Despite being adolescent animals, juvenile zebrafish exhibit most of the adult characteristics, with the exception of male/female sexual differentiation (Parichy et al., 2009). Juveniles at ∼8 weeks of age possess functionally mature lateral line and inner ear hair cells, indicating that the auditory receptiveness of juvenile zebrafish likely reflects that of fully developed adults (Olt et al., 2014). Interestingly, despite the functional maturation of these cells, juveniles experienced the same response deficits as larval animals after treatment with JZL 195, indicating that there was no recovery from the effects of eCS perturbation on A/V responses. In mammals, CB1Rs are shown to be expressed in the cochlea (Zheng et al., 2007), while CB2Rs are expressed in inner ear hair cells and, to a lesser extent, in outer ear hair cells (Martín-Saldaña et al., 2016). Because a likely consequence of JZL 195 treatment would be the abnormal activation of cannabinoid receptors located within the inner and outer ear, it is possible that this leads to hair cell dysfunction. Furthermore, given the prevalent expression of TRPA1 and TRPV4 channels in the hair cells of the zebrafish lateral line and inner ear organs, and the known agonistic actions of eCBs with TRPA1, TRPV1 and TRPV4 (Germanà et al., 2018), eCS perturbation may impact auditory development through TRP channel interactions (Amato et al., 2012; Corey et al., 2004; Watanabe et al., 2003). Over-activation of eCS signaling likely exhibits premature and extensive activation of these receptor systems, consequently impinging upon auditory function during early life as well during later developmental stages.
Our results show that the activity of MAGL has a more significant role than FAAH in sensorimotor development, which has implications for the abundance of AEA versus 2-AG. During early development, the levels of AEA are relatively low compared with 2-AG (Fride, 2008). Furthermore, in zebrafish embryos, 2-AG is maintained at levels over 10-fold higher than AEA, indicating that 2-AG is vastly more abundant, and likely has a greater influence on receptor systems during embryogenesis (Martella et al., 2016). In terms of the cannabinoid receptors, AEA shows preferential binding towards CB1R, while 2-AG has affinity for both CB1R and CB2R (Zou and Kumar, 2018). Genetic expression of the cannabinoid receptors is present as early as 1 hpf in zebrafish, indicating that the primary eCS receptors are sensitive to the effects of eCBs within the period of our exposure paradigm (Oltrabella et al., 2017). Previous work in rodent models studying the effects of dysregulated eCB signaling found that the anxiolytic effects and locomotor alterations caused by FAAH/MAGL inhibition are prevented through blocking CB1R. In rats, the anti-anxiety effects induced by the FAAH inhibitor URB 597 can be blocked by the CB1R antagonist rimonabant (Danandeh et al., 2018; Kathuria et al., 2003). In zebrafish, the increased risk-taking and exploratory locomotor behaviors caused by the dual FAAH/MAGL inhibitor JZL 195 was partially blocked by treatment with the CB1R antagonist SR141716A (Boa-Amponsem et al., 2019). Lastly, hypolocomotion in adult rats caused by treatment with the MAGL inhibitor JZL 184 and JZL 195 was prevented by treatment with SR141716A (Seillier et al., 2014). Interestingly, CB1Rs have been shown to co-localize with TRPV1 in mouse brain, and CB2Rs co-localize with TRPV1 in human dorsal root ganglia, further highlighting the interplay between these receptor systems and the eCS ligands (Anand et al., 2008; Cristino et al., 2006). Consequently, in terms of sensory function, because AEA and its derivatives are not limited to CB1R interactions and may also act as high-affinity agonists of TRPA1 and TRPV1, these receptor systems are of great interest for further exploration, especially given our observations in the present study (Morales et al., 2017; Muller et al., 2019). Additionally, our group has recently observed the expression of trpv1 as early as 1 dpf in the lateral line, and in Rohon–Beard and trigeminal neurons, further highlighting its potential involvement in eCS-related sensorimotor development (Son and Ali, 2022). The receptor mechanism at work here remains to be determined and is currently under investigation by our group; however, given our current and previous findings (Sufian et al., 2021), it is likely that the sensorimotor alterations observed in our study are mediated in part by CB1R as well as TRPA1 and TRPV1.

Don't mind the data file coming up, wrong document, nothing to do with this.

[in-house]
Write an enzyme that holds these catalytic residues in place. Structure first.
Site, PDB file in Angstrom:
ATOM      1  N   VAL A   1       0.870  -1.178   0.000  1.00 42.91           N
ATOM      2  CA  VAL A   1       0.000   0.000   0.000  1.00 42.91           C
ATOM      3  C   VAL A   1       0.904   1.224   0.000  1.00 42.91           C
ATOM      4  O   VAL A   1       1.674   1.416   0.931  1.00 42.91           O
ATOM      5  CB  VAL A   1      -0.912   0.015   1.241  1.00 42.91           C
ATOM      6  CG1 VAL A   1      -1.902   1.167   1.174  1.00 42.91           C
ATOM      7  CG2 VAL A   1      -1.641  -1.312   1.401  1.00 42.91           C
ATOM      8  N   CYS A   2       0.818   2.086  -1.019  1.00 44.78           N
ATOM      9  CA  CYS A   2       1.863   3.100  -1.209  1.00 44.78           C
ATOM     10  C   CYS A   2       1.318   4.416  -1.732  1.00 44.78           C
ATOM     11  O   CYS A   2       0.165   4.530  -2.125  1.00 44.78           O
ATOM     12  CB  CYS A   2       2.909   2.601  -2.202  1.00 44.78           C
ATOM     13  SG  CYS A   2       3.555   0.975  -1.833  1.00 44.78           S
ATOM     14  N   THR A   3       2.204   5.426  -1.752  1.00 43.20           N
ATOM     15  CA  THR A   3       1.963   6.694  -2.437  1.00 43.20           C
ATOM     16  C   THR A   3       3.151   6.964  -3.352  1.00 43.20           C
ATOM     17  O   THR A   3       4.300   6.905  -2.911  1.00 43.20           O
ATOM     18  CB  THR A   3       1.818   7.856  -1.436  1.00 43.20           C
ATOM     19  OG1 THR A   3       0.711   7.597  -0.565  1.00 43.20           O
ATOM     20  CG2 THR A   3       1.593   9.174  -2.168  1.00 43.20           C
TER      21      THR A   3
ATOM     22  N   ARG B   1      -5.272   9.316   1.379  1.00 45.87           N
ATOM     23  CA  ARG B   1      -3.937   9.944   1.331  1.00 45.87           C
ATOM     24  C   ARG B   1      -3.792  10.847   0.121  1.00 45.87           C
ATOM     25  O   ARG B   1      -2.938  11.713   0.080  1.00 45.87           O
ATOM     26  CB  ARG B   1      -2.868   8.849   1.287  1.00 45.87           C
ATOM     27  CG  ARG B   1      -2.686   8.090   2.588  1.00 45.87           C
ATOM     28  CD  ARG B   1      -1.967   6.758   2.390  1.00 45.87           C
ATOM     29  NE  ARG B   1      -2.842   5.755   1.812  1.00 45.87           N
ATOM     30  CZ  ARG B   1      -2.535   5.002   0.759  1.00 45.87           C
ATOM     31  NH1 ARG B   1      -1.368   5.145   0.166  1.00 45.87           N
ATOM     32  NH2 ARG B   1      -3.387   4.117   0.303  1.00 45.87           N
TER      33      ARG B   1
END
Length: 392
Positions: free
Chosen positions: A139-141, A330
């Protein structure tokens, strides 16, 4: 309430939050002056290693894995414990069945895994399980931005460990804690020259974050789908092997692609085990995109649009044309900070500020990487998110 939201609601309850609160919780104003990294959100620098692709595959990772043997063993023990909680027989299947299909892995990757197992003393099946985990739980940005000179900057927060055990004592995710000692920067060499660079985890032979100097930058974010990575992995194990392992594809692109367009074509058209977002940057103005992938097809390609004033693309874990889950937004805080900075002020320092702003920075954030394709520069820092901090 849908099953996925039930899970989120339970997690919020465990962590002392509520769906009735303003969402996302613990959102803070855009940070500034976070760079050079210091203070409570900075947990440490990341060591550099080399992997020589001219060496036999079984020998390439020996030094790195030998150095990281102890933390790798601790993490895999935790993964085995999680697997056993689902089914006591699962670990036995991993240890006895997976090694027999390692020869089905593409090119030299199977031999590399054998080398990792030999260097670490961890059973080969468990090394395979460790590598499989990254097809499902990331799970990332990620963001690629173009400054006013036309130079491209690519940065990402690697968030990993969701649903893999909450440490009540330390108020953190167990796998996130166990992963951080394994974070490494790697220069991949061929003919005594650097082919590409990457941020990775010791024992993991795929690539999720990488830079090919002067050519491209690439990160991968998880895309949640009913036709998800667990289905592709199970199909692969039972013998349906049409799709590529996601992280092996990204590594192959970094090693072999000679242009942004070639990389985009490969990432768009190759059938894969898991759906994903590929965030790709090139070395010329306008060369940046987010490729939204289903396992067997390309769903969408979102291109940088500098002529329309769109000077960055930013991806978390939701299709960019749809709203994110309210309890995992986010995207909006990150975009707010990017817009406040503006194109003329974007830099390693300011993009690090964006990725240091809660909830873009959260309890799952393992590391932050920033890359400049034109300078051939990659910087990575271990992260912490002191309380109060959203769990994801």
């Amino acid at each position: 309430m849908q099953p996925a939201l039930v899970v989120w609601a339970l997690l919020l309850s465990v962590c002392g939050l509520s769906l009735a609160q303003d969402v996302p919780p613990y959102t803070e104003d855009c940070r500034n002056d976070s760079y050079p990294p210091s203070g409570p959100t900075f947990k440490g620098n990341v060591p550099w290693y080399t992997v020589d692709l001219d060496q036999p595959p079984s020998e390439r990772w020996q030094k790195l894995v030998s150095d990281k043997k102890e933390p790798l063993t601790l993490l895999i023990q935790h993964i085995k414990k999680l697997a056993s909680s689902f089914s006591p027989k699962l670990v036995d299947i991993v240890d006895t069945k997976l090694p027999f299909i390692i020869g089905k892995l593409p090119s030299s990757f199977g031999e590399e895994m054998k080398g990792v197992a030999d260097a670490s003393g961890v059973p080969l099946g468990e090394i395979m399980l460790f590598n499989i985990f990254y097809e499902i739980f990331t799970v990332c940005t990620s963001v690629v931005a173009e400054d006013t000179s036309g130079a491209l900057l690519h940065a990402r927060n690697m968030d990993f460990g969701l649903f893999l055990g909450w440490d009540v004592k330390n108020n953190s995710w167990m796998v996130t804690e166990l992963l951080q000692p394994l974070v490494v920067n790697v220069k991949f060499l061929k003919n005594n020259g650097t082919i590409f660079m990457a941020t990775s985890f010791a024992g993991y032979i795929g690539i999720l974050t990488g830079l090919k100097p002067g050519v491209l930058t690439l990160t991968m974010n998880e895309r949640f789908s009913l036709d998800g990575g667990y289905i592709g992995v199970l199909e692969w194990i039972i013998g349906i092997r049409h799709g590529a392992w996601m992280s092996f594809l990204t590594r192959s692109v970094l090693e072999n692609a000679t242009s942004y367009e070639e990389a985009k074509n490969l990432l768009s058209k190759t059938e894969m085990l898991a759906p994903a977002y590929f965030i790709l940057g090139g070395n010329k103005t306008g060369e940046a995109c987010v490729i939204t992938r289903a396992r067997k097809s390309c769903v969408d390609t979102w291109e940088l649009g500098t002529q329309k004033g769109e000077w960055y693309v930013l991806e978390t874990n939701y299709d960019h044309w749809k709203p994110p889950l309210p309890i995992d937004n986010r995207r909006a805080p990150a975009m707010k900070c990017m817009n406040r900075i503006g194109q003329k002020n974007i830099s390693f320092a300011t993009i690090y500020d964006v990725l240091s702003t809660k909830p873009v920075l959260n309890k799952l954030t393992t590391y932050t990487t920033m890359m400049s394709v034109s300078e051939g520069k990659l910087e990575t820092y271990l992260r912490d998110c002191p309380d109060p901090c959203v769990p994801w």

The eCS is complex in its multifaceted involvement in homeostasis and development, and although there is more emerging work aimed towards understanding its importance within the context of cannabis, further exploring the endogenous machinery is equally important. From examining early life stages in zebrafish, our findings support the existing bodies of evidence demonstrating that the eCS plays an important role in locomotor development, and expands on this by presenting varied assessments of sensorimotor function in developing animals to establish a stronger foundation in cannabinoid biology.
Conceptualization: L.S.K., M.R.A.; Methodology: L.S.K., M.R.A.; Formal analysis: L.S.K.; Investigation: L.S.K.; Writing - original draft: L.S.K.; Writing - review & editing: L.S.K., D.W.A.; Visualization: L.S.K., M.R.A.; Supervision: D.W.A.; Funding acquisition: D.W.A.
Funding was provided by the Natural Sciences and Engineering Research Council of Canada.
The authors declare no competing or financial interests.